Arne, Thomas Augustine

, an eminent English musician, was the son of Thomas Arne, upholsterer, of Kingstreet, Covent-garden, at whose house the Indian kings lodged in the reign of queen Anne, as mentioned in the Spectator, No. 50, and who had been before pleasantly depicted by Addison, in the Tatler, Nos. 155 and 160, as a crazy politician. He sent this son, who was born May 28, 1710, to Eton school, and intended him for the profession of the law; but even at Eton his love for music interrupted his studies and after he left that school, such was his passion for his favourite pursuit, that he used to avail himself of the privilege of a servant, by borrowing a livery, and going into the upper gallei’y of the opera, which was then appropriated to domestics. At home he had contrived to secrete a spinet in his room, upon which, after | muffling the strings with a handkerchief, he used to practise in the night while the rest of the family were asleep, His father, who knew nothing of this, bound him to a three years’ clerkship, during which this young votary of Apollo dedicated every moment he could obtain fairly, or otherwise, to the study of music. Besides practising on the spinet, and studying composition, by himself, he contrived to acquire some instructions on the violin, of Festing, a performer of much fame at that time; and upon this instrument he had made so considerable a progress, that soon after he quitted his legal master, his father accidentally calling at a gentleman’s house in the neighbourhood, was astonished to find a large party, and a concert, at which his son played the first fiddle. His father was at first much irritated at this disappointment of his hopes, but was soon prevailed upon to let his son follow the bent of his inclinations; and the young man was no sooner at liberty to play aloud in his father’s house, than he bewitched the whole family. In particular, he cultivated the voice of one of his sisters, who was fond of music, by giving her such instruct tions as enabled her to become a favourite public performer. For her and for a younger brother, who performed the character of the page, he set to music Addison’s opera of Rosamond, which was performed at Lincoln’s Inn Fields, ten nights successively, and with great applause.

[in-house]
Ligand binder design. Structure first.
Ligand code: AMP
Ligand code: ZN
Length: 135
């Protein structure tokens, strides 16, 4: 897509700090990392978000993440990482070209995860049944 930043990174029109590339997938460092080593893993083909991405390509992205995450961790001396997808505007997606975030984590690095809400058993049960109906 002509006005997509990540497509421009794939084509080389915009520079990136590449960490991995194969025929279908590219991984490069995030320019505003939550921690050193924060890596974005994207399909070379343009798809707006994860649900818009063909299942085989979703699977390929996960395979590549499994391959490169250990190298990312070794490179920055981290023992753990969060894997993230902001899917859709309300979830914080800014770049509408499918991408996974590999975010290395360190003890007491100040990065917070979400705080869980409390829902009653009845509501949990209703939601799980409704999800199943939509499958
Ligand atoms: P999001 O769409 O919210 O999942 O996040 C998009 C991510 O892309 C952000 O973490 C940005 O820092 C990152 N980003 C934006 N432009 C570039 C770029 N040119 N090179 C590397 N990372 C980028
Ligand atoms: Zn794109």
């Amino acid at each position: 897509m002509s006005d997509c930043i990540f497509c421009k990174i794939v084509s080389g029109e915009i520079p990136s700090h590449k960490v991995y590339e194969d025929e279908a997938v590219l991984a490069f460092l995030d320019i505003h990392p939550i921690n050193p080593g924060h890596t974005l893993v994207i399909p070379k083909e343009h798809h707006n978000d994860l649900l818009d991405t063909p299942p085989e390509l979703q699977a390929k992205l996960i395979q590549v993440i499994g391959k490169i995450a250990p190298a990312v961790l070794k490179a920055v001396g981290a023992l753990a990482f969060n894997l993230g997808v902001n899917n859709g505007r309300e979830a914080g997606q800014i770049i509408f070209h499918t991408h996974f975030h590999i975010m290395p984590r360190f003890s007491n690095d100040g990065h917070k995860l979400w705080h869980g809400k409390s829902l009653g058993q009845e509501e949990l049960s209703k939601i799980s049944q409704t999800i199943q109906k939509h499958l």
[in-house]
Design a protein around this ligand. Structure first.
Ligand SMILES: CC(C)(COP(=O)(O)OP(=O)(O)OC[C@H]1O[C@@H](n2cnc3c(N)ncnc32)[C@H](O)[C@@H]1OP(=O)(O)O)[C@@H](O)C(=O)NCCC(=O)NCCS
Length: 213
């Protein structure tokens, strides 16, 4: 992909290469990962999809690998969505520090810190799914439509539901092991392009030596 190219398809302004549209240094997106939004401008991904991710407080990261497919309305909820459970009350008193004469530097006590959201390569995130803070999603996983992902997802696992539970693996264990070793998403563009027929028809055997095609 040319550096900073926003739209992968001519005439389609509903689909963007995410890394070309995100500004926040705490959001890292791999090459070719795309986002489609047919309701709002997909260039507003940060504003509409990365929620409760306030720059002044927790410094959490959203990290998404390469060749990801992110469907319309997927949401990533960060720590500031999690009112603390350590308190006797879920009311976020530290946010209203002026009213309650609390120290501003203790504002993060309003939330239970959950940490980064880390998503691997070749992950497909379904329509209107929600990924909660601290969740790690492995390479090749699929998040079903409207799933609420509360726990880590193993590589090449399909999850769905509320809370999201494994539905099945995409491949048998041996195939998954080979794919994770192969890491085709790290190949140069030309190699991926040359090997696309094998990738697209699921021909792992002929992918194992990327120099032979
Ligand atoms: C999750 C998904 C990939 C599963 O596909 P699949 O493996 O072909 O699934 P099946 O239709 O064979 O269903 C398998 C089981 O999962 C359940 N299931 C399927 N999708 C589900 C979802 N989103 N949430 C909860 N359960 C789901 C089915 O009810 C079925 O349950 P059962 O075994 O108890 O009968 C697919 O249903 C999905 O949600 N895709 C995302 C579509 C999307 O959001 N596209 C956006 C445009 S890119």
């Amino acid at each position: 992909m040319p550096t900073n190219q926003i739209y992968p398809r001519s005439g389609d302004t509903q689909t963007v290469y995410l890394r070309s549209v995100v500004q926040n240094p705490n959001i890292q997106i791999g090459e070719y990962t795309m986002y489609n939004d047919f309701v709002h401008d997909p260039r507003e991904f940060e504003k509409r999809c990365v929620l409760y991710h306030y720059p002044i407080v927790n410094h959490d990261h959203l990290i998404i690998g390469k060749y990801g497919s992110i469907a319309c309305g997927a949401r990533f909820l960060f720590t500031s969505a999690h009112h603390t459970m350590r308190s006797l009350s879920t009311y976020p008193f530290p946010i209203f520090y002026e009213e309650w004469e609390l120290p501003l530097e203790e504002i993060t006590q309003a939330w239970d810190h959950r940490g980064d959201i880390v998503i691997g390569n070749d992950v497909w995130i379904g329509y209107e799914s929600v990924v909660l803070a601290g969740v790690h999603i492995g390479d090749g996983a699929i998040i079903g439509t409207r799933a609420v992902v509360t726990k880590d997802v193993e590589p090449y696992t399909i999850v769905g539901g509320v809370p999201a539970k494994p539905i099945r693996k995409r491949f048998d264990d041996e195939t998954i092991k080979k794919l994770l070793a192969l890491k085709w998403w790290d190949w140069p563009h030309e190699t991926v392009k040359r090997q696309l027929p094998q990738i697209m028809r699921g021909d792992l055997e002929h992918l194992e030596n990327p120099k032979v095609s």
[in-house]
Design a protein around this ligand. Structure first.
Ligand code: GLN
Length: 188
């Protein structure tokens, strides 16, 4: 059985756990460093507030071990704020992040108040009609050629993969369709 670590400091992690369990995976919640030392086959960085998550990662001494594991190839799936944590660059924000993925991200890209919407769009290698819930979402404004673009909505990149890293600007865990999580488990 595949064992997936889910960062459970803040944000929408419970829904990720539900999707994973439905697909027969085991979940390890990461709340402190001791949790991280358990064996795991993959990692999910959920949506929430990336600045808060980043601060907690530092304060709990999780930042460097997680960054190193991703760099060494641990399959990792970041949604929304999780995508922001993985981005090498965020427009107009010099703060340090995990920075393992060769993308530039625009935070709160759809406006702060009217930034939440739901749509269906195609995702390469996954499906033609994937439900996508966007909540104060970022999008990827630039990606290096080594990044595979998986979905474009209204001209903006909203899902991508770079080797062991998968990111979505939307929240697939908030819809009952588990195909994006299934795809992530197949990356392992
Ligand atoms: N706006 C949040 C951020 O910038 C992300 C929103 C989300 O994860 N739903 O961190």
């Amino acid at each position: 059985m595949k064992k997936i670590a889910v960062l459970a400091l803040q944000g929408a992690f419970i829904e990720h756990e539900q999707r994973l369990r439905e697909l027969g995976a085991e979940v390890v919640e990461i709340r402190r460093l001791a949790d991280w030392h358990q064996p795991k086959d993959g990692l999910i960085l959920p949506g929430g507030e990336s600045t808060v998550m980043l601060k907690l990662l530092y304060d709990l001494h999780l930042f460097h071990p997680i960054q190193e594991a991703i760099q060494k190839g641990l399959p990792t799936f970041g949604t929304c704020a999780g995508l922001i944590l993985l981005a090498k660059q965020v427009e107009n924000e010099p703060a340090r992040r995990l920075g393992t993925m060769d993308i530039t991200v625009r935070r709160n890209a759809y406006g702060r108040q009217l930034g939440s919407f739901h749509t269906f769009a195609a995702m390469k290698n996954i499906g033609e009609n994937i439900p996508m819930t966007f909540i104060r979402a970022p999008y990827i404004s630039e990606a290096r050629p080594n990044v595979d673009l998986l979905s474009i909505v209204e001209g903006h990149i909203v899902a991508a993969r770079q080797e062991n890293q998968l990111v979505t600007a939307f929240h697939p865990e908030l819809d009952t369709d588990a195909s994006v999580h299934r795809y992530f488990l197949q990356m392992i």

Having succeeded so well in a serious opera, Mr. Arne tried his powers at a burletta, and set Fielding’s Tom Thumb, under the title of “The Opera of Operas,” to music, after the Italian manner, which had afterwards a considerable run. In 1738, he established his reputation as a lyric composer, by the admirable manner in which he set Milton’s Comus. In this masque he introduced a light, airy, original, and pleasing melody, wholly different from that of Purcell or Handel, whom all English composers had hitherto either pillaged or imitated. Indeed, says Dr. Burney, to whom we are indebted for all that is valuable in this memoir, the melody of Arne at this time, and of his Vauxhall songs afterwards, forms an era in English music j it was so easy, natural, and agreeable to the whole kingdom, that it had an effect upon our national taste; and till a more modern Italian style was introduced in the pasticcio English operas of Messrs. Bickerstaff and Cumberland, it was the standard of all perfection at our theatres and public gardens, | In 1762, Arne quitted the former style of melody, in which he had so well set Comus, and furnished Vauxhall and the whole kingdom with such songs as had improved and polished our national taste; and when he set the bold translation of Metastasio’s opera of Artaserse, he crowded the airs with all the Italian divisions and difficulties which had ever been heard at the opera. This drama, however, by the novelty of the music to English ears, and the talents of the original performers, Tenducci, Peretti, and Miss Brent, had very great success, and still continues to be represented whenever singers of superior abilities can be procured. But in setting Artaxerxes, though the melody is less original than that of Comus, Arne had the merit of first adapting many of the best passages of Italy, which all Europe admired, to our own language, and of incorporating them with his own property, and with what was still in favour of former English composers.